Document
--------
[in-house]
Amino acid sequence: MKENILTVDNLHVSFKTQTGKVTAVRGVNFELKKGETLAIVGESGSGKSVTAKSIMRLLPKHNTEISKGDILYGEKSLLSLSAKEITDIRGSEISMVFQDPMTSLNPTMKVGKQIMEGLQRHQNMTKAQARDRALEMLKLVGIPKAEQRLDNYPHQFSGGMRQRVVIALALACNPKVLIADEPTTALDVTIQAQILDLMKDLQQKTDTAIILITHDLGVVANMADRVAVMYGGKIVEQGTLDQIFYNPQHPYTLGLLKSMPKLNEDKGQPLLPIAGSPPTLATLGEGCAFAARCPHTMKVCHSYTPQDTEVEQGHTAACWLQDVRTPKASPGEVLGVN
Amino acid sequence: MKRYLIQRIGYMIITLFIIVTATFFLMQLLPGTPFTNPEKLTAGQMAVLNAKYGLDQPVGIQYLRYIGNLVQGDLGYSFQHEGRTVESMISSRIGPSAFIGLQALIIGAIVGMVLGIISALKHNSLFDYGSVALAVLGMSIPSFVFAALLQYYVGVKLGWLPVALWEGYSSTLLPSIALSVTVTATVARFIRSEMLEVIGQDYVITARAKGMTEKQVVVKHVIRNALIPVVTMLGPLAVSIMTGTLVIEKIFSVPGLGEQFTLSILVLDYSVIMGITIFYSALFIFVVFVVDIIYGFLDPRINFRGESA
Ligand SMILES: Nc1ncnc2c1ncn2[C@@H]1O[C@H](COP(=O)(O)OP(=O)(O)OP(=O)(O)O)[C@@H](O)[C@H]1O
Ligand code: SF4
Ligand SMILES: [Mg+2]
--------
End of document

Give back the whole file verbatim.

[in-house]
Amino acid sequence: MKENILTVDNLHVSFKTQTGKVTAVRGVNFELKKGETLAIVGESGSGKSVTAKSIMRLLPKHNTEISKGDILYGEKSLLSLSAKEITDIRGSEISMVFQDPMTSLNPTMKVGKQIMEGLQRHQNMTKAQARDRALEMLKLVGIPKAEQRLDNYPHQFSGGMRQRVVIALALACNPKVLIADEPTTALDVTIQAQILDLMKDLQQKTDTAIILITHDLGVVANMADRVAVMYGGKIVEQGTLDQIFYNPQHPYTLGLLKSMPKLNEDKGQPLLPIAGSPPTLATLGEGCAFAARCPHTMKVCHSYTPQDTEVEQGHTAACWLQDVRTPKASPGEVLGVN
Amino acid sequence: MKRYLIQRIGYMIITLFIIVTATFFLMQLLPGTPFTNPEKLTAGQMAVLNAKYGLDQPVGIQYLRYIGNLVQGDLGYSFQHEGRTVESMISSRIGPSAFIGLQALIIGAIVGMVLGIISALKHNSLFDYGSVALAVLGMSIPSFVFAALLQYYVGVKLGWLPVALWEGYSSTLLPSIALSVTVTATVARFIRSEMLEVIGQDYVITARAKGMTEKQVVVKHVIRNALIPVVTMLGPLAVSIMTGTLVIEKIFSVPGLGEQFTLSILVLDYSVIMGITIFYSALFIFVVFVVDIIYGFLDPRINFRGESA
Ligand SMILES: Nc1ncnc2c1ncn2[C@@H]1O[C@H](COP(=O)(O)OP(=O)(O)OP(=O)(O)O)[C@@H](O)[C@H]1O
Ligand code: SF4
Ligand SMILES: [Mg+2]